Electron paramagnetic resonance spectroscopy in radiation research: Current status and perspectives  

PubMed Central

Exposure to radiation leads to a number of health-related malfunctions. Ionizing radiation is more harmful than non-ionizing radiation, as it causes both direct and indirect effects. Irradiation with ionizing radiation results in free radical-induced oxidative stress. Free radical-mediated oxidative stress has been implicated in a plethora of diseased states, including cancer, arthritis, aging, Parkinson's disease, and so on. Electron Paramagnetic Resonance (EPR) spectroscopy has various applications to measure free radicals, in radiation research. Free radicals disintegrate immediately in aqueous environment. Free radicals can be detected indirectly by the EPR spin trapping technique in which these forms stabilize the radical adduct and produce characteristic EPR spectra for specific radicals. Ionizing radiation-induced free radicals in calcified tissues, for example, teeth, bone, and fingernail, can be detected directly by EPR spectroscopy, due to their extended stability. Various applications of EPR in radiation research studies are discussed in this review. PMID:21814437

Rana, Sudha; Chawla, Raman; Kumar, Raj; Singh, Shefali; Zheleva, Antoaneta; Dimitrova, Yanka; Gadjeva, Veselina; Arora, Rajesh; Sultana, Sarwat; Sharma, Rakesh Kumar



Microfabrication of Helmholtz Coils with Integrated Channels for NMR Spectroscopy  

Microsoft Academic Search

A new technology for the microfabrication of Helmholtz microcoils with integrated SU-8 channels for NMR spectroscopy is presented. These Helmholtz microcoils demonstrate superior NMR performance regarding spin excitation uniformity compared to planar microcoils. The improved spin excitation uniformity opens the way to advanced chemical analysis using complex RF-pulse sequences. The fabricated Helmholtz coils have Q-factor greater than 20 due to

K. Ehrmann; N. Saillen; F. Vincent; C. Massin; P.-A. Besse; R. S. Popovic



Exposing the Moving Parts of Proteins with NMR Spectroscopy  

PubMed Central

Nuclear Magnetic Resonance (NMR) spectroscopy is a powerful tool for investigating the dynamics of biomolecules since it provides a description of motion that is comprehensive, site-specific, and relatively non-invasive. In particular, the study of protein dynamics has benefited from sustained methodological advances in NMR that have expanded the scope and time scales of accessible motion. Yet, many of these advances may not be well known to the more general physical chemistry community. Accordingly, this Perspective provides a glimpse of some of the more powerful methods in liquid state NMR that are helping reshape our understanding of functional motions of proteins. PMID:22545175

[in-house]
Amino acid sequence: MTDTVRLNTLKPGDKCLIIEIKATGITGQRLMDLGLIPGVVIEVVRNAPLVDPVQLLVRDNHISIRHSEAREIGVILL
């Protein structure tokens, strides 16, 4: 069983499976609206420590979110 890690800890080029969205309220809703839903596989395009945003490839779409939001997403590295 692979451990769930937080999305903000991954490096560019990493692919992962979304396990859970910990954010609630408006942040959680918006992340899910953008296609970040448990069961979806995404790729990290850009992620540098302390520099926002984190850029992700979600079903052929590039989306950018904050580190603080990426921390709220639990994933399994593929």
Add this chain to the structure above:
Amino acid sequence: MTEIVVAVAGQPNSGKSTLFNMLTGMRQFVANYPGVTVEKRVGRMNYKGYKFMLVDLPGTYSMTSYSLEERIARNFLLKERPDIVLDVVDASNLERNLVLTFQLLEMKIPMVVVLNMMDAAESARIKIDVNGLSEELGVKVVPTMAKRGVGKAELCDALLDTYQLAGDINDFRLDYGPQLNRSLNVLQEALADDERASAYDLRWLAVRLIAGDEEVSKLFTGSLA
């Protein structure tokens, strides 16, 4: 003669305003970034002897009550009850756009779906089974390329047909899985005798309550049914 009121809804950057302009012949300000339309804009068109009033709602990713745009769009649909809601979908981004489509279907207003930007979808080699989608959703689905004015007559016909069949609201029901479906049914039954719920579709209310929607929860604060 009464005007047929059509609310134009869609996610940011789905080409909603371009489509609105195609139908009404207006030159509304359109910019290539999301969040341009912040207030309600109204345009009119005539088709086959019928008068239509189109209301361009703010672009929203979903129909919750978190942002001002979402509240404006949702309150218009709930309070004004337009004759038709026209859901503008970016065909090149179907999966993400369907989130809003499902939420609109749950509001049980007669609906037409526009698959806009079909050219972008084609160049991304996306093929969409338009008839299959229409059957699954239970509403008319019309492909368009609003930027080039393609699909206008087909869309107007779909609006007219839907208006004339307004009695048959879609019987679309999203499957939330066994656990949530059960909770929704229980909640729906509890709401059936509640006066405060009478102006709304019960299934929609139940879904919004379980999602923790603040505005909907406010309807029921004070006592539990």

Peng, J.W.



High resolution NMR spectroscopy in the Earth's magnetic field  

NASA Astrophysics Data System (ADS)

High resolution nuclear magnetic resonance (NMR) spectroscopy at high magnetic fields has developed into a most powerful tool for the determination of molecular structures. The dream is a mobile molecular low field NMR scanner which allows the determination of molecular structures. Until to now at low magnetic fields NMR spectroscopy suffers from the low signal to noise ratio (S/N) and from the lack of access to chemical information in terms of chemical shifts and homo-nuclear J-couplings. We demonstrate that chemical analysis of liquids is possible by mobile ultrahigh-resolution ^1H, ^19F and ^129Xe NMR spectroscopy in the Earth's magnetic field. The ^129Xe chemical shift in liquids is determined in the Earth's magnetic field with a precision comparable to that obtained by superconducting magnets. The ^1H and ^19F NMR spectra allow the determination of hetero-nuclear J-coupling constants with an accuracy of a few mHz. Very fine details of the molecular structure which are not observable with conventional superconducting magnets can be discriminated. For molecules where a rare spin such as carbon ^13C is present the high-resolution low-field ^1H NMR spectrum indeed reveal all hetero- and homo-nuclear J-couplings. All these results open the door for the mobile study of molecular structures as well as for the online monitoring of chemical reactions at ultra-low magnetic fields.

Appelt, Stephan



Nanoscale NMR Spectroscopy and Imaging of Multiple Nuclear Species  

E-print Network

Nuclear magnetic resonance (NMR) and magnetic resonance imaging (MRI) are well-established techniques that provide valuable information in a diverse set of disciplines but are currently limited to macroscopic sample volumes. Here we demonstrate nanoscale NMR spectroscopy and imaging under ambient conditions of samples containing multiple nuclear species, using nitrogen-vacancy (NV) colour centres in diamond as sensors. With single, shallow NV centres in a diamond chip and samples placed on the diamond surface, we perform NMR spectroscopy and one-dimensional MRI on few-nanometre-sized samples containing $^1$H and $^{19}$F nuclei. Alternatively, we employ a high-density NV layer near the surface of a diamond chip to demonstrate wide-field optical NMR spectroscopy of nanoscale samples containing $^1$H, $^{19}$F, and $^{31}$P nuclei, as well as multi-species two-dimensional optical MRI with sub-micron resolution. For all diamond samples exposed to air, we identify a ubiquitous $^1$H NMR signal, consistent with a $\\sim 1$ nm layer of adsorbed hydrocarbons or water on the diamond surface and below any sample placed on the diamond. This work lays the foundation for nanoscale NMR and MRI applications such as studies of single proteins and functional biological imaging with subcellular resolution, as well as characterization of thin films with sub-nanometre resolution.